At 06:22 a.m. the Blücher sank bow first into the depths of the Oslofjord, taking hundreds with it below. After the ship had disappeared from the surface large quantities of oil floated up and covered the close to two thousand sailors and soldiers fighting for their lives in the freezing water. This oil rapidly caught fire, killing further hundreds of Germans.
All in all, some 800–1000 Germans died, going down with the ship or burning or freezing to death in the fjord.
While the Blücher had been sunk the remaining naval force destined for Oslo had long since turned around and retreated back down the fjord. Not knowing of the torpedo battery, the commander of the Lützow assumed the flagship had hit mines and at 04:40 decided to turn back and land the invasion forces out of range of Oscarsborg.But you know that it is far from over. Your nation is small and weak - there is much more coming.
Before the force made its escape the fortress had managed to damage the Lützow,the 15-cm guns of the Kopås battery scoring three hits and knocking out the ship's forward ("Anton") 28-cm gun turret. After pulling out of range of the fortress guns the Lützow employed her remaining "Bruno" turret to bombard the defenders from a range of 9-10 kilometers down the fjord. The fortress was also subjected to heavy Luftwaffe bombing later on the same day, to which the fortress could only reply with two 40-mm AA guns, but again without Norwegian casualties. One of the anti-aircraft guns became unserviceable after only 22 rounds; the other gun kept up its fire until 1200 hrs, but to little effect. After a break in the attacks the Luftwaffe bombers returned at 1330 hrs and soon strafed the remaining Norwegian AA gun, forcing the crew to seek shelter in the nearby forrest at around 1400 hrs. In all, the fortress was subjected to around nine hours of air attack.
Although the naval attack on Oslo had been thwarted by the actions of Oscarsborg, the city was seized by forces that was airlifted in to Fornebu Airport. In light of the capture of the capital, and with news of German landings at the village of Son south of Drøbak, Colonel Eriksen decided that further fighting without adequate infantry support was in vain. The fortress was surrendered intact on the morning of April 10.So old man; what did you and your old equipment buy for all your efforts? How will history judge you?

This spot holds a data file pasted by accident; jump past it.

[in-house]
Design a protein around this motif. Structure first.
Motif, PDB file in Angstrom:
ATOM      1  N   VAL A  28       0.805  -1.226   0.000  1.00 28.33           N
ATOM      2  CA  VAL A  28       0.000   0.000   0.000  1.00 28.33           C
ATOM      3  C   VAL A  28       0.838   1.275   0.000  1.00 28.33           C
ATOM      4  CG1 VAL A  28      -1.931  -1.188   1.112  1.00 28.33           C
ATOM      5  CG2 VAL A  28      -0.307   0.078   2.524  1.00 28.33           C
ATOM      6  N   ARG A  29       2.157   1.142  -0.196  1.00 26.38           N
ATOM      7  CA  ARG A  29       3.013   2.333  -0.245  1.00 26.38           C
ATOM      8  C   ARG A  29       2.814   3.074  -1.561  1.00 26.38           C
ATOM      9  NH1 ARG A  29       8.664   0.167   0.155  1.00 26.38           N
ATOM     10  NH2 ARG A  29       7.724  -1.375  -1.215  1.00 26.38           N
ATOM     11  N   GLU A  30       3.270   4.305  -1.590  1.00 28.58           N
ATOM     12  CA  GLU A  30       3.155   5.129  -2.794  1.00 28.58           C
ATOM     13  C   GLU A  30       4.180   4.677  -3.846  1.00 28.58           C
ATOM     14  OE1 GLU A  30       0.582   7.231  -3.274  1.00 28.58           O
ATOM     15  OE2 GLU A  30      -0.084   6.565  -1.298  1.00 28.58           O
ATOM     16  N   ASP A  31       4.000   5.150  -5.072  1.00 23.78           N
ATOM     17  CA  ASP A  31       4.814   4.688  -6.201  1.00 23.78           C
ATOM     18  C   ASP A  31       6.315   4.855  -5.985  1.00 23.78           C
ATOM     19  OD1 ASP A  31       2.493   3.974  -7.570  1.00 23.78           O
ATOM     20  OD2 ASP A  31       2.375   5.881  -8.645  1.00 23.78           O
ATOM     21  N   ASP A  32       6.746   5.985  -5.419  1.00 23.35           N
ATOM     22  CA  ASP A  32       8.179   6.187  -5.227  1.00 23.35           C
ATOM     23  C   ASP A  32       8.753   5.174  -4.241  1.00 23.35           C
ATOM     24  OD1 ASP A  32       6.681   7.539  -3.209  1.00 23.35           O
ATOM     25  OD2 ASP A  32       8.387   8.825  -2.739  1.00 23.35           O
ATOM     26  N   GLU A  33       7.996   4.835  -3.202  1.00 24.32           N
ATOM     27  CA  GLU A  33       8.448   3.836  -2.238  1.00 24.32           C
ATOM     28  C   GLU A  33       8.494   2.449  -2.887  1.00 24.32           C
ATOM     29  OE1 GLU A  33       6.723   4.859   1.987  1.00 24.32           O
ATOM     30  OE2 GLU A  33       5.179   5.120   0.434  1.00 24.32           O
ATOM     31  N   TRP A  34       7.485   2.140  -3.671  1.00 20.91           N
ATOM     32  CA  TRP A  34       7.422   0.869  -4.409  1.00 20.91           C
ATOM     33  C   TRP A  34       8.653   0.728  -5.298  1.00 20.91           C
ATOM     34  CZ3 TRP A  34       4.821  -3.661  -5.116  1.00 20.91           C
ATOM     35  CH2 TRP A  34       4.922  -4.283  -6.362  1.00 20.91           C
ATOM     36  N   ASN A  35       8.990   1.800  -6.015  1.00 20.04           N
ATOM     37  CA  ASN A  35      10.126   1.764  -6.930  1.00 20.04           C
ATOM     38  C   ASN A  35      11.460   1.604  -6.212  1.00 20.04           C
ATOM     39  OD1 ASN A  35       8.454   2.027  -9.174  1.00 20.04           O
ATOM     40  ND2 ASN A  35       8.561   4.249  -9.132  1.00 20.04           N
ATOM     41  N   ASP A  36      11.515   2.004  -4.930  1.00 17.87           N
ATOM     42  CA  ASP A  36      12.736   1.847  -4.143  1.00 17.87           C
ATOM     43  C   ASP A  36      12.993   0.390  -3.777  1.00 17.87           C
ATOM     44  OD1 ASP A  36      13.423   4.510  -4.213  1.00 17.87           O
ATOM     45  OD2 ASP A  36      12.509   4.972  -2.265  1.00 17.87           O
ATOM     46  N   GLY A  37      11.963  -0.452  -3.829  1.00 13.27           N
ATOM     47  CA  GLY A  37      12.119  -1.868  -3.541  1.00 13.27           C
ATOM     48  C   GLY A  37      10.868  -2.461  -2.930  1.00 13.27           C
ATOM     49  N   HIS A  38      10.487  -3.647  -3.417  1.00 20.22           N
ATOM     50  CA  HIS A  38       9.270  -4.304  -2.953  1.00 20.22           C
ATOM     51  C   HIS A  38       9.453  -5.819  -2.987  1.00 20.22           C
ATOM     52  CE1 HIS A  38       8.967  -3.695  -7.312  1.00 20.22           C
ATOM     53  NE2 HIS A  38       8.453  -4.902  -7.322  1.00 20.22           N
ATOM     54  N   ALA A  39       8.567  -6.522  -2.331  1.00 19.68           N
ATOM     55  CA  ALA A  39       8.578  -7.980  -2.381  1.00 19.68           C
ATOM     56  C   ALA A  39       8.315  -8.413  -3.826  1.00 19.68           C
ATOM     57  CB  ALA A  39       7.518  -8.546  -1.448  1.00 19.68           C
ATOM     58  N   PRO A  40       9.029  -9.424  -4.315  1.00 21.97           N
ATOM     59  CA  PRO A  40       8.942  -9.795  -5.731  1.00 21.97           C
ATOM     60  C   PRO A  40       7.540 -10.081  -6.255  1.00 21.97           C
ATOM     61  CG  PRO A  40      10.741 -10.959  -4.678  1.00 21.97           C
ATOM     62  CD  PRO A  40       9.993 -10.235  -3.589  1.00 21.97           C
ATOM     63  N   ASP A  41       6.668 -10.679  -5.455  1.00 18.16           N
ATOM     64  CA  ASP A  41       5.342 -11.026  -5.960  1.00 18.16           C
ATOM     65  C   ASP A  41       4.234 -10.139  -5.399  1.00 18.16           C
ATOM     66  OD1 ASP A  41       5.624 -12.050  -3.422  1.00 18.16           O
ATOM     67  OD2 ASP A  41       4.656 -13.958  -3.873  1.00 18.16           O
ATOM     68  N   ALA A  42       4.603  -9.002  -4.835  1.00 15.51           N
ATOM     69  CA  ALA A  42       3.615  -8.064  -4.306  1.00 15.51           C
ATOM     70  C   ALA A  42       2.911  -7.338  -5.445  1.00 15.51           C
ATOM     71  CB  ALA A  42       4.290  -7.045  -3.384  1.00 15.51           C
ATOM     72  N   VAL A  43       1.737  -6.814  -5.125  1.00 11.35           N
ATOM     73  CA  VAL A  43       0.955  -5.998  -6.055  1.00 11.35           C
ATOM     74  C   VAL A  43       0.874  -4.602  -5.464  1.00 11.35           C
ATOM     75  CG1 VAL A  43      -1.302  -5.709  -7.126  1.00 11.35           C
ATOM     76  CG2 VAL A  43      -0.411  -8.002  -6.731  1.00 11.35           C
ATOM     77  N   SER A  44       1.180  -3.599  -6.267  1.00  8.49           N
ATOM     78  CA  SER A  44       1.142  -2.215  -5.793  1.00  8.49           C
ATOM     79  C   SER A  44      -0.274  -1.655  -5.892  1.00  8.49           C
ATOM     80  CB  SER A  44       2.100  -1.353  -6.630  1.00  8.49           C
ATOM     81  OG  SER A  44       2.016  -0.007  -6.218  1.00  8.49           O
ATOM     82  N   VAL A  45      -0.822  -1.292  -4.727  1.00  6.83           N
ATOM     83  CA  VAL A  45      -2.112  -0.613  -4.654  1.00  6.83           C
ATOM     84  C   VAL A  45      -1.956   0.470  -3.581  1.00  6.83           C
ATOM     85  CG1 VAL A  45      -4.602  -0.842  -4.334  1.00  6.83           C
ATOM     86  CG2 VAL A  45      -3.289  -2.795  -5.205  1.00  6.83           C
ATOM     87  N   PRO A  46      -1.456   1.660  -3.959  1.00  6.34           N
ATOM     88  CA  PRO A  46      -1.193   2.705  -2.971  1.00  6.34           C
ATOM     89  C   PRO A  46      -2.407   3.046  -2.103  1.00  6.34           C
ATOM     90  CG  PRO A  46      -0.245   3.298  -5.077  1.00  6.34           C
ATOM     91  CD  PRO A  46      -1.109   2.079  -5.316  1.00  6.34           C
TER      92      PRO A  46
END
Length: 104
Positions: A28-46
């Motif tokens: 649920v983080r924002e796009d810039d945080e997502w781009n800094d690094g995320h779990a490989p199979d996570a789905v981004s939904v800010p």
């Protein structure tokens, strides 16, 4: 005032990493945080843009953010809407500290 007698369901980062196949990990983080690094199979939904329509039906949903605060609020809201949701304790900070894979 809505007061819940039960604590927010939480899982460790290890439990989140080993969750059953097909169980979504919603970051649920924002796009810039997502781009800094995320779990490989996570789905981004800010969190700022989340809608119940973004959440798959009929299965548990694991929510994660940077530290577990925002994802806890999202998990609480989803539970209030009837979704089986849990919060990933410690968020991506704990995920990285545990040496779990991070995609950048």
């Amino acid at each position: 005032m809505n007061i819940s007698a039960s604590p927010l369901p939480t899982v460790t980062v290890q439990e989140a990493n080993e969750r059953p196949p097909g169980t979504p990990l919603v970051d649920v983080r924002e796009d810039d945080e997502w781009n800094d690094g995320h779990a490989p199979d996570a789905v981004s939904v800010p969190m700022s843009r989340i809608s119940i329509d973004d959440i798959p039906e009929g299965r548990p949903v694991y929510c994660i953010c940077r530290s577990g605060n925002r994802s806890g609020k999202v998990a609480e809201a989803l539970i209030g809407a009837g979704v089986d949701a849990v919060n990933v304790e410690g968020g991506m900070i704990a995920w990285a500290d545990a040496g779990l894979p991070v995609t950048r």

The effect of halting the German fleet was huge. On board Blücher were troops specially designated to capture the King, the Norwegian government, the Storting (Norwegian Parliament) and the national gold reserve. The delay made it possible for all these to escape from Oslo. If the King and government had been captured, it is most likely that Norway would have capitulated fairly soon to reach a deal with the German similar to that gained by the Danes. Instead, the Storting was able to convene at Elverum and give the government a wide authorization to continue until a Storting could again assemble. In fact, the Norwegian government was able to continue the defense of Norway until it had to go into exile in London.Never assume the "old" can be dismissed. Do not discount old officers and inexperienced men who are fighting in their home waters. Do not assume away challenges with fairy dust and hopes.
The Norwegians during the Battle of Drøbak sound.